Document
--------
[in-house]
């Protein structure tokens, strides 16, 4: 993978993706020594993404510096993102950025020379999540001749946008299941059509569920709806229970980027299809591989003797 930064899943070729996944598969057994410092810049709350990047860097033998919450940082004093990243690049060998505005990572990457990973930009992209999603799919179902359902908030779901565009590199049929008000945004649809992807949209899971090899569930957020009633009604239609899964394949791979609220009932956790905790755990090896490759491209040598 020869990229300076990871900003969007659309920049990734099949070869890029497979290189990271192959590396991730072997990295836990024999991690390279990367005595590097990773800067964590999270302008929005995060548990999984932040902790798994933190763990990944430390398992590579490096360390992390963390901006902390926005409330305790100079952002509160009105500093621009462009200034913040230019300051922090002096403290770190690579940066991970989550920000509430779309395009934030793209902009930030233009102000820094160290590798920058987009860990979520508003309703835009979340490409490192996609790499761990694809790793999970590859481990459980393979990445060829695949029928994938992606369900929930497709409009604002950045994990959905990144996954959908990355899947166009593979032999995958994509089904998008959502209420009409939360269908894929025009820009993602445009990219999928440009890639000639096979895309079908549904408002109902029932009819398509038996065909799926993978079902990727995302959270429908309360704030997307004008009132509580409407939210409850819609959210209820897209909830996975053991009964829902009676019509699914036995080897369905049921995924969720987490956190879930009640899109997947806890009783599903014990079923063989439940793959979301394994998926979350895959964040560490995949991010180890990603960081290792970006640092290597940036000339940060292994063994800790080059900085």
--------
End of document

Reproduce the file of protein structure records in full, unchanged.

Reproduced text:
[in-house]
């Protein structure tokens, strides 16, 4: 993978993706020594993404510096993102950025020379999540001749946008299941059509569920709806229970980027299809591989003797 930064899943070729996944598969057994410092810049709350990047860097033998919450940082004093990243690049060998505005990572990457990973930009992209999603799919179902359902908030779901565009590199049929008000945004649809992807949209899971090899569930957020009633009604239609899964394949791979609220009932956790905790755990090896490759491209040598 020869990229300076990871900003969007659309920049990734099949070869890029497979290189990271192959590396991730072997990295836990024999991690390279990367005595590097990773800067964590999270302008929005995060548990999984932040902790798994933190763990990944430390398992590579490096360390992390963390901006902390926005409330305790100079952002509160009105500093621009462009200034913040230019300051922090002096403290770190690579940066991970989550920000509430779309395009934030793209902009930030233009102000820094160290590798920058987009860990979520508003309703835009979340490409490192996609790499761990694809790793999970590859481990459980393979990445060829695949029928994938992606369900929930497709409009604002950045994990959905990144996954959908990355899947166009593979032999995958994509089904998008959502209420009409939360269908894929025009820009993602445009990219999928440009890639000639096979895309079908549904408002109902029932009819398509038996065909799926993978079902990727995302959270429908309360704030997307004008009132509580409407939210409850819609959210209820897209909830996975053991009964829902009676019509699914036995080897369905049921995924969720987490956190879930009640899109997947806890009783599903014990079923063989439940793959979301394994998926979350895959964040560490995949991010180890990603960081290792970006640092290597940036000339940060292994063994800790080059900085």